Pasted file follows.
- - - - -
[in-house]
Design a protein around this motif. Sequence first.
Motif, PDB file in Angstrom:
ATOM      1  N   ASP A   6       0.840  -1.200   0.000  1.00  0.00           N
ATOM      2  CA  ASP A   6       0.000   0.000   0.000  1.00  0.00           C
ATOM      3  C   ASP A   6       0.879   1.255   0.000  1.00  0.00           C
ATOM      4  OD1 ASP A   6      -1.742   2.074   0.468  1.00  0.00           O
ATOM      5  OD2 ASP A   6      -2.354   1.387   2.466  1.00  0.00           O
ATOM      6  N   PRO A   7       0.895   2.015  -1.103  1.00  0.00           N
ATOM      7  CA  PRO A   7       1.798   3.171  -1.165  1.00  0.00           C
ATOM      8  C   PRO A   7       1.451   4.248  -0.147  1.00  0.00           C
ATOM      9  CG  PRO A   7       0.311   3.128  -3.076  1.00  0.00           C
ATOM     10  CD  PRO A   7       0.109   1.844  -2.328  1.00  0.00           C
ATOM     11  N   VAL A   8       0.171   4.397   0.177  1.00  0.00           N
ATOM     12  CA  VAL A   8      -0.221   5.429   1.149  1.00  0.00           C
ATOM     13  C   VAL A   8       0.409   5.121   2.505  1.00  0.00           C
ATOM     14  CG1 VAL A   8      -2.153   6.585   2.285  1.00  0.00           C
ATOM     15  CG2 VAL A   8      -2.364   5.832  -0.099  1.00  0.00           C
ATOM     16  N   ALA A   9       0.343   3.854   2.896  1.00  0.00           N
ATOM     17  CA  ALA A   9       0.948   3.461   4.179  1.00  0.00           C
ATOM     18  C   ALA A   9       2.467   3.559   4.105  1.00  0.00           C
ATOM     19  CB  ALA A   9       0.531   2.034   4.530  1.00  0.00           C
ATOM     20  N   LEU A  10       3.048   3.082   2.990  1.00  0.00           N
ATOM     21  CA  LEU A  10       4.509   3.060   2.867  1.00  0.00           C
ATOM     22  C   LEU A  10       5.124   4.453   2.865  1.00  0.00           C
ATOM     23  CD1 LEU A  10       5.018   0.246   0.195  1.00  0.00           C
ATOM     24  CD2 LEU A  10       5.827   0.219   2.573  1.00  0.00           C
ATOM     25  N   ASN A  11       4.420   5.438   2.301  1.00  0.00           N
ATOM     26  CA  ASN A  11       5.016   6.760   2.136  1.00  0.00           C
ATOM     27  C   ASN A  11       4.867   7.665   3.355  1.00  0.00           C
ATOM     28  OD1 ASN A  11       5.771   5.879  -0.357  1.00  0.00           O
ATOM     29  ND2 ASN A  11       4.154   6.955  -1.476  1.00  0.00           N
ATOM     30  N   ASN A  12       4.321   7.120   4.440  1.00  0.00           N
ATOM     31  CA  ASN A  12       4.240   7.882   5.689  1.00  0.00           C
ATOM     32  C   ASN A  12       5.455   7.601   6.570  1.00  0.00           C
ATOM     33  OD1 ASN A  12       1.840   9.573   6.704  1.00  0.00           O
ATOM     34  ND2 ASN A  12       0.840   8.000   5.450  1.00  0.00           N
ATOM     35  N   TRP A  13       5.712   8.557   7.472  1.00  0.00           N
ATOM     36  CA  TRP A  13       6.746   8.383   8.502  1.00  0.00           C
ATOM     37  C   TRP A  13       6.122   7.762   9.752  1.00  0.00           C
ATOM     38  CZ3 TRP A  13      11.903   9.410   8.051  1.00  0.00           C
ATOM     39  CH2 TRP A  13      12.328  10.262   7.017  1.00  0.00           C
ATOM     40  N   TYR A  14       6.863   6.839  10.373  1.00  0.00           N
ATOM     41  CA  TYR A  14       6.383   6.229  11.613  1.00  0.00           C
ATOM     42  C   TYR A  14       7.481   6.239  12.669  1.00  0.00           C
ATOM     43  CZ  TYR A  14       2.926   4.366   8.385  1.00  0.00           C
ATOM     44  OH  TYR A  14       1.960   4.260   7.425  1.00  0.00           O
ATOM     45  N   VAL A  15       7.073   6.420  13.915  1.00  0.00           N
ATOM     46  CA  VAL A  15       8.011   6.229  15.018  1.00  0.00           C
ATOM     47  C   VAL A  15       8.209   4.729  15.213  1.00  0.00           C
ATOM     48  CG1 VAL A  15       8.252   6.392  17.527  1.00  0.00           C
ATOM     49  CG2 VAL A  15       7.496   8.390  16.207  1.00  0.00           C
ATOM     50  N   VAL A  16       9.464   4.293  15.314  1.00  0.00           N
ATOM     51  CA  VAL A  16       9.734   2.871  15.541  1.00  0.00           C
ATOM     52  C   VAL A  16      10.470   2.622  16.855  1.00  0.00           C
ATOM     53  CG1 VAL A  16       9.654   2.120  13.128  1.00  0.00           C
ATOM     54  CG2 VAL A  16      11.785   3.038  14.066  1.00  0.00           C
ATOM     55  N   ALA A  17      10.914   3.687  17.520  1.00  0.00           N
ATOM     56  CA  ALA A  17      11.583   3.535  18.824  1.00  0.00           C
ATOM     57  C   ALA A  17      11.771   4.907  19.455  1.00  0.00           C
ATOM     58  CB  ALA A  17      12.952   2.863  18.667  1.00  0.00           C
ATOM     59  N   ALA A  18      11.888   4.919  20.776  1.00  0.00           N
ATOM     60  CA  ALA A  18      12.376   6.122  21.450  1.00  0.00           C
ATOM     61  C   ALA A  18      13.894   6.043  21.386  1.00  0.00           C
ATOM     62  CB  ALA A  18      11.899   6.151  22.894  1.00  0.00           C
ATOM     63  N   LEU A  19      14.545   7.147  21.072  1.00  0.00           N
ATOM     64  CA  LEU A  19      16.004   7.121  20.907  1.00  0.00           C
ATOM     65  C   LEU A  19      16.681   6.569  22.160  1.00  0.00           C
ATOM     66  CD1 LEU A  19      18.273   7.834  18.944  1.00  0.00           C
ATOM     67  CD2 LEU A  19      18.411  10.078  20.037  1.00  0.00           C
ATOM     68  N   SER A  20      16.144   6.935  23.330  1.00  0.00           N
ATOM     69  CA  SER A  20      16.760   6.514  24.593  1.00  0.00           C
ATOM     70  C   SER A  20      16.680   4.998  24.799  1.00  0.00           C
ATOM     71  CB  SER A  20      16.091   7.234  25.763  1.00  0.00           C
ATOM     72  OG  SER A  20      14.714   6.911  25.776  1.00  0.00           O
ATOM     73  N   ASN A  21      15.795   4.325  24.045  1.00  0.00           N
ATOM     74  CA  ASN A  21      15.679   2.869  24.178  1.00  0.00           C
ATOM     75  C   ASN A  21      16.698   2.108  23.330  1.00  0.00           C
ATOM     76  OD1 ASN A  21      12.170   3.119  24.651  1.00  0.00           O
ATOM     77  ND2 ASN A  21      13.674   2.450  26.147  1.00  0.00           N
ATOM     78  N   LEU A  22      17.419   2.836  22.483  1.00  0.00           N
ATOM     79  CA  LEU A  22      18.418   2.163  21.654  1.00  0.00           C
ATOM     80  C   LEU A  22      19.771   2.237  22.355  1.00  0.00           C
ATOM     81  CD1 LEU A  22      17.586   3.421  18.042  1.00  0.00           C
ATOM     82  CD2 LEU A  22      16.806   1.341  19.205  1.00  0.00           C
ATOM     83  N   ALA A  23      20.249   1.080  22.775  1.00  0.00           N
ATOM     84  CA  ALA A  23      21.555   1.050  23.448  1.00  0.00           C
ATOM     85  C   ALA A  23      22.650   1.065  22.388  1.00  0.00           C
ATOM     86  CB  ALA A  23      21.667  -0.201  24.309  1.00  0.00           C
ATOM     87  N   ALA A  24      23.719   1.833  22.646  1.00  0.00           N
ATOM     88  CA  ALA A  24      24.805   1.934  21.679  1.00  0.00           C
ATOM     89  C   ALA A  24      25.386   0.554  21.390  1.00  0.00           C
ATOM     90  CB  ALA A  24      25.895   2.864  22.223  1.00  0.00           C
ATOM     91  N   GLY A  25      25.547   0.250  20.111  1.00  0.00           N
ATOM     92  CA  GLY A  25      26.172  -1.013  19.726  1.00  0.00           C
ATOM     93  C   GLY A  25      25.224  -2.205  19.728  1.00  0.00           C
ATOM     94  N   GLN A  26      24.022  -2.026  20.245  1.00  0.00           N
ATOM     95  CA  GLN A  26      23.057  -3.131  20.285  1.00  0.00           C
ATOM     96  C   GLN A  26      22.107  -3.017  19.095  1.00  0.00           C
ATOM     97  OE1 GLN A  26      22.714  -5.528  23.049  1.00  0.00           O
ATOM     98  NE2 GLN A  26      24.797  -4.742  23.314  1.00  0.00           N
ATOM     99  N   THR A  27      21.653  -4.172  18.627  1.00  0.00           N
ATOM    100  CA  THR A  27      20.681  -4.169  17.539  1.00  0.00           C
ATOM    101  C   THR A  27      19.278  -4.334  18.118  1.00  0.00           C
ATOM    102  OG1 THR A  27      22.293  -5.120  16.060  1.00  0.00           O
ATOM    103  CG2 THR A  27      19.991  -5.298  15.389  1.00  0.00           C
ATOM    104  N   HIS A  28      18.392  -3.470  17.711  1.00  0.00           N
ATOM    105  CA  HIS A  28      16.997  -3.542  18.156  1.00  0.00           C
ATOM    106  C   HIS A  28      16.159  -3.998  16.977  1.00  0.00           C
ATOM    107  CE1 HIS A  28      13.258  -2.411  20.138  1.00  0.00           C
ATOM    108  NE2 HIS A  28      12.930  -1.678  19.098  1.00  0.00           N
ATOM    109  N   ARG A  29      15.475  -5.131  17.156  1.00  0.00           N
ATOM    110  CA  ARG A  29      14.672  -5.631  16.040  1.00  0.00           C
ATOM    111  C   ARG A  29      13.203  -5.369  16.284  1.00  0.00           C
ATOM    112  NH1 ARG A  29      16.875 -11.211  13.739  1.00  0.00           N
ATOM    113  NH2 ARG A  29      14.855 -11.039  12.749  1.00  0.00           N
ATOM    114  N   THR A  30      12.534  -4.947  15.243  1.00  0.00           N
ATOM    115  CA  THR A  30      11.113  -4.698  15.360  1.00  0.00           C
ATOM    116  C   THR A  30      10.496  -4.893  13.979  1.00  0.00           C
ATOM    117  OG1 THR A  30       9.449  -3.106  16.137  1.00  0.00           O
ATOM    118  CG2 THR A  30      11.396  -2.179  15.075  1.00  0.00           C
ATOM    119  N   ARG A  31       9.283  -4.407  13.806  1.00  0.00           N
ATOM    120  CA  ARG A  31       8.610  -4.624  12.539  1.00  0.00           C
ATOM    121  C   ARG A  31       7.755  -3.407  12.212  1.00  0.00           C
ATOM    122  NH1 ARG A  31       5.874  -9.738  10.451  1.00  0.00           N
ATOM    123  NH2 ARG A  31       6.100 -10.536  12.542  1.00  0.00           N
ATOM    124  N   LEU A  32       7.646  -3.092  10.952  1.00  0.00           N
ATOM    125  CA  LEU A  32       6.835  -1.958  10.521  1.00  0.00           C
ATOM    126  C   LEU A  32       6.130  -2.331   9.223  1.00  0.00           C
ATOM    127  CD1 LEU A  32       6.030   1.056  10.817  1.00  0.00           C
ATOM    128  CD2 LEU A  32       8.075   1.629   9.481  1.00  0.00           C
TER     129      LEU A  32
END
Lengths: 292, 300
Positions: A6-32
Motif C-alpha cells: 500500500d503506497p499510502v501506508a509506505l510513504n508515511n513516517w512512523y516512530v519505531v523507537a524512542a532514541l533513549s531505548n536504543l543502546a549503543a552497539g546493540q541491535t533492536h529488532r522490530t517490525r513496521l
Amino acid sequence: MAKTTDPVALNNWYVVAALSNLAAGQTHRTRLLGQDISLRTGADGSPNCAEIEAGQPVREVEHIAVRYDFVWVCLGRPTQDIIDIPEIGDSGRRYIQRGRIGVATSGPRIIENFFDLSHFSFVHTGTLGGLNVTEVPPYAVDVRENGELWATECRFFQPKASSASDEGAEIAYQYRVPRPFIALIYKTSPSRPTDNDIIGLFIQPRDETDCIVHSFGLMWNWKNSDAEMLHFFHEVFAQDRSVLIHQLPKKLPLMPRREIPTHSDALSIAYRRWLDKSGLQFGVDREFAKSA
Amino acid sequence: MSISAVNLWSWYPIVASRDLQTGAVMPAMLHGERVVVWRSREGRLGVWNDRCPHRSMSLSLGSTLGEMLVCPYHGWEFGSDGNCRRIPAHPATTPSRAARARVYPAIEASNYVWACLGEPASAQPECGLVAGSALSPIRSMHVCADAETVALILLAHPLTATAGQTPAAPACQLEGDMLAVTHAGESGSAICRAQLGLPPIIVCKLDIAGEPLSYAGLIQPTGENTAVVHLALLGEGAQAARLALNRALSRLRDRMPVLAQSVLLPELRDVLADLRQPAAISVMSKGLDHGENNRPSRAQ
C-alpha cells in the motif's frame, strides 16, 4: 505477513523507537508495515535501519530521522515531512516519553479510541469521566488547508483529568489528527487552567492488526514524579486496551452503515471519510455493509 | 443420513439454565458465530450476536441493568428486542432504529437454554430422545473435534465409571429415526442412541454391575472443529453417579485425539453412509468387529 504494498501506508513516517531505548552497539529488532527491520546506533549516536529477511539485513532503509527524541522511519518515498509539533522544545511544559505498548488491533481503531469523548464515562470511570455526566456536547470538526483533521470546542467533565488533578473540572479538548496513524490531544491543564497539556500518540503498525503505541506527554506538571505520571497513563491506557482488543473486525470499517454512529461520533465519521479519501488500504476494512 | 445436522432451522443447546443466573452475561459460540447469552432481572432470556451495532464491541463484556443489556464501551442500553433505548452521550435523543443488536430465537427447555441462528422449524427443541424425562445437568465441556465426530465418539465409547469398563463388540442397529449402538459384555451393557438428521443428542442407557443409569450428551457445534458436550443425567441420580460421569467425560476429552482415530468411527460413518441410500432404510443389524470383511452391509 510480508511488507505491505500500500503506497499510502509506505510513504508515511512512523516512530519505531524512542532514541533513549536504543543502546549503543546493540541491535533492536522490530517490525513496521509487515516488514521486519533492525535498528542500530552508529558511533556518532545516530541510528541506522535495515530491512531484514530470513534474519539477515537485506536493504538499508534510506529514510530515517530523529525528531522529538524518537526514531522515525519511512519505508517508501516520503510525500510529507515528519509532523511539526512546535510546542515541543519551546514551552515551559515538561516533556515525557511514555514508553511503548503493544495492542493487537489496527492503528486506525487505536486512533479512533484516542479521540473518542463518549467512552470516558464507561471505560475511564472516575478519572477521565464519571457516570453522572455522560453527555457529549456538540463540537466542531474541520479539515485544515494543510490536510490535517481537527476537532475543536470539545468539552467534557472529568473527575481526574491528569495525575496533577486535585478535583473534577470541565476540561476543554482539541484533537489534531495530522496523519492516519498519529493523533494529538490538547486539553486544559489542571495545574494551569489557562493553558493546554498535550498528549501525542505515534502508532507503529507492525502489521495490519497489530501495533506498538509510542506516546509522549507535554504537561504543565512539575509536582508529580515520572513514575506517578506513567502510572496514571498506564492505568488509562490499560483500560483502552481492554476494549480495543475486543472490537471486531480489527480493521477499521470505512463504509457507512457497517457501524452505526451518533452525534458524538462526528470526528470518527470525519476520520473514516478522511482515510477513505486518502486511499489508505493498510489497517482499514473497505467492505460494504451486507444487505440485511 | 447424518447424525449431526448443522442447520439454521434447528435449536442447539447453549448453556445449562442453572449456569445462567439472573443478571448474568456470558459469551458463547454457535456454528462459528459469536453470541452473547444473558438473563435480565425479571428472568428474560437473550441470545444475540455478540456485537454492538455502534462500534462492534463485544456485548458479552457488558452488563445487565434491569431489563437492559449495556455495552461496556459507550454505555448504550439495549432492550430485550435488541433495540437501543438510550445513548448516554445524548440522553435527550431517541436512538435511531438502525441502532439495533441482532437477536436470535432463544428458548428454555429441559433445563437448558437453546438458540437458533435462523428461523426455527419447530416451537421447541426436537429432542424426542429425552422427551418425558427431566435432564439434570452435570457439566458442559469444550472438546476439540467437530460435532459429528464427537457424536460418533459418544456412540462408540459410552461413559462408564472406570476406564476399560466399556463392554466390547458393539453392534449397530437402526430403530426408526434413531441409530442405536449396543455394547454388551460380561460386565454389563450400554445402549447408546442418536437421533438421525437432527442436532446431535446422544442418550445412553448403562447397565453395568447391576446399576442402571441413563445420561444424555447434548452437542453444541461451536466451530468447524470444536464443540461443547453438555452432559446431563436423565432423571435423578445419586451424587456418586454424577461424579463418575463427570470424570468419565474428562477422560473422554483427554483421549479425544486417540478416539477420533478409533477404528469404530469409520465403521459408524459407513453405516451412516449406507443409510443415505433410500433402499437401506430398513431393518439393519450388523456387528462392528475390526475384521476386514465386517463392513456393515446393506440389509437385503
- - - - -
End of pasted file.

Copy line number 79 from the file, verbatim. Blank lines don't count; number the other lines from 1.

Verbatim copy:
ATOM     76  OD1 ASN A  21      12.170   3.119  24.651  1.00  0.00           O